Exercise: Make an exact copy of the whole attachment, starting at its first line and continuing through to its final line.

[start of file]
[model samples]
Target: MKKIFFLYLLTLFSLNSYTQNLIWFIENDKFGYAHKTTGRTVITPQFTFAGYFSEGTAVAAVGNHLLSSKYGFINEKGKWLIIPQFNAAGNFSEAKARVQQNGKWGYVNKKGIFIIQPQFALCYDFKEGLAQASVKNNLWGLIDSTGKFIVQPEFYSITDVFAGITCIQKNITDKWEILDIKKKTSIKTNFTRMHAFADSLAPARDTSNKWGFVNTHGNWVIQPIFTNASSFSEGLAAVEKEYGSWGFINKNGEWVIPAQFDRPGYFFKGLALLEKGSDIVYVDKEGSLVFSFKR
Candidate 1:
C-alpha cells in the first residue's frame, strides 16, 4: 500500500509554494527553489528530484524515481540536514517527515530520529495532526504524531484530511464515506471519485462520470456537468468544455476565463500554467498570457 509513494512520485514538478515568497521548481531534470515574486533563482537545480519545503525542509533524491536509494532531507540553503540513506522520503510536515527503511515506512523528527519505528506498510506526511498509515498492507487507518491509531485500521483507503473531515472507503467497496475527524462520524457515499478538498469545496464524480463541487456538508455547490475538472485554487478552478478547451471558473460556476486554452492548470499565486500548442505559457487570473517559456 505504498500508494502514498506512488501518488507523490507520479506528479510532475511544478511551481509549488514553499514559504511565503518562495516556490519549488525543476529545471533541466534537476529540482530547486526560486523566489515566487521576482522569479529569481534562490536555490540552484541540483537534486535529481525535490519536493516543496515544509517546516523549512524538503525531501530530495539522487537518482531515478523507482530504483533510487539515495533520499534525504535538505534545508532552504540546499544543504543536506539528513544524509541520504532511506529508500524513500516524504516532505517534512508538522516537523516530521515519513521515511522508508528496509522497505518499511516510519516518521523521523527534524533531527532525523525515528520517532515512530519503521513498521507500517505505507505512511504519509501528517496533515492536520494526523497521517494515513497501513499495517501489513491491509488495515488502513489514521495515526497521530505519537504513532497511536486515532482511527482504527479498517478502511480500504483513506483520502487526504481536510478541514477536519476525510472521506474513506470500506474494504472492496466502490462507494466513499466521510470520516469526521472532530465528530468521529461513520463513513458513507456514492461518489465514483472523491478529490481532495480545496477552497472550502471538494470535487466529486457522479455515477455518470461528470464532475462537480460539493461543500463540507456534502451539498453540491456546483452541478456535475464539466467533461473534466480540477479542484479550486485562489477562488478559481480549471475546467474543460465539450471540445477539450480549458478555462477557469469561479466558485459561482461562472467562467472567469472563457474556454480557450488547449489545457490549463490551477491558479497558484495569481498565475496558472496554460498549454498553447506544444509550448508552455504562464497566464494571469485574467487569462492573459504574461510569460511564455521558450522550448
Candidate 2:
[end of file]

[model samples]
Target: MKKIFFLYLLTLFSLNSYTQNLIWFIENDKFGYAHKTTGRTVITPQFTFAGYFSEGTAVAAVGNHLLSSKYGFINEKGKWLIIPQFNAAGNFSEAKARVQQNGKWGYVNKKGIFIIQPQFALCYDFKEGLAQASVKNNLWGLIDSTGKFIVQPEFYSITDVFAGITCIQKNITDKWEILDIKKKTSIKTNFTRMHAFADSLAPARDTSNKWGFVNTHGNWVIQPIFTNASSFSEGLAAVEKEYGSWGFINKNGEWVIPAQFDRPGYFFKGLALLEKGSDIVYVDKEGSLVFSFKR
Candidate 1:
C-alpha cells in the first residue's frame, strides 16, 4: 500500500509554494527553489528530484524515481540536514517527515530520529495532526504524531484530511464515506471519485462520470456537468468544455476565463500554467498570457 509513494512520485514538478515568497521548481531534470515574486533563482537545480519545503525542509533524491536509494532531507540553503540513506522520503510536515527503511515506512523528527519505528506498510506526511498509515498492507487507518491509531485500521483507503473531515472507503467497496475527524462520524457515499478538498469545496464524480463541487456538508455547490475538472485554487478552478478547451471558473460556476486554452492548470499565486500548442505559457487570473517559456 505504498500508494502514498506512488501518488507523490507520479506528479510532475511544478511551481509549488514553499514559504511565503518562495516556490519549488525543476529545471533541466534537476529540482530547486526560486523566489515566487521576482522569479529569481534562490536555490540552484541540483537534486535529481525535490519536493516543496515544509517546516523549512524538503525531501530530495539522487537518482531515478523507482530504483533510487539515495533520499534525504535538505534545508532552504540546499544543504543536506539528513544524509541520504532511506529508500524513500516524504516532505517534512508538522516537523516530521515519513521515511522508508528496509522497505518499511516510519516518521523521523527534524533531527532525523525515528520517532515512530519503521513498521507500517505505507505512511504519509501528517496533515492536520494526523497521517494515513497501513499495517501489513491491509488495515488502513489514521495515526497521530505519537504513532497511536486515532482511527482504527479498517478502511480500504483513506483520502487526504481536510478541514477536519476525510472521506474513506470500506474494504472492496466502490462507494466513499466521510470520516469526521472532530465528530468521529461513520463513513458513507456514492461518489465514483472523491478529490481532495480545496477552497472550502471538494470535487466529486457522479455515477455518470461528470464532475462537480460539493461543500463540507456534502451539498453540491456546483452541478456535475464539466467533461473534466480540477479542484479550486485562489477562488478559481480549471475546467474543460465539450471540445477539450480549458478555462477557469469561479466558485459561482461562472467562467472567469472563457474556454480557450488547449489545457490549463490551477491558479497558484495569481498565475496558472496554460498549454498553447506544444509550448508552455504562464497566464494571469485574467487569462492573459504574461510569460511564455521558450522550448
Candidate 2: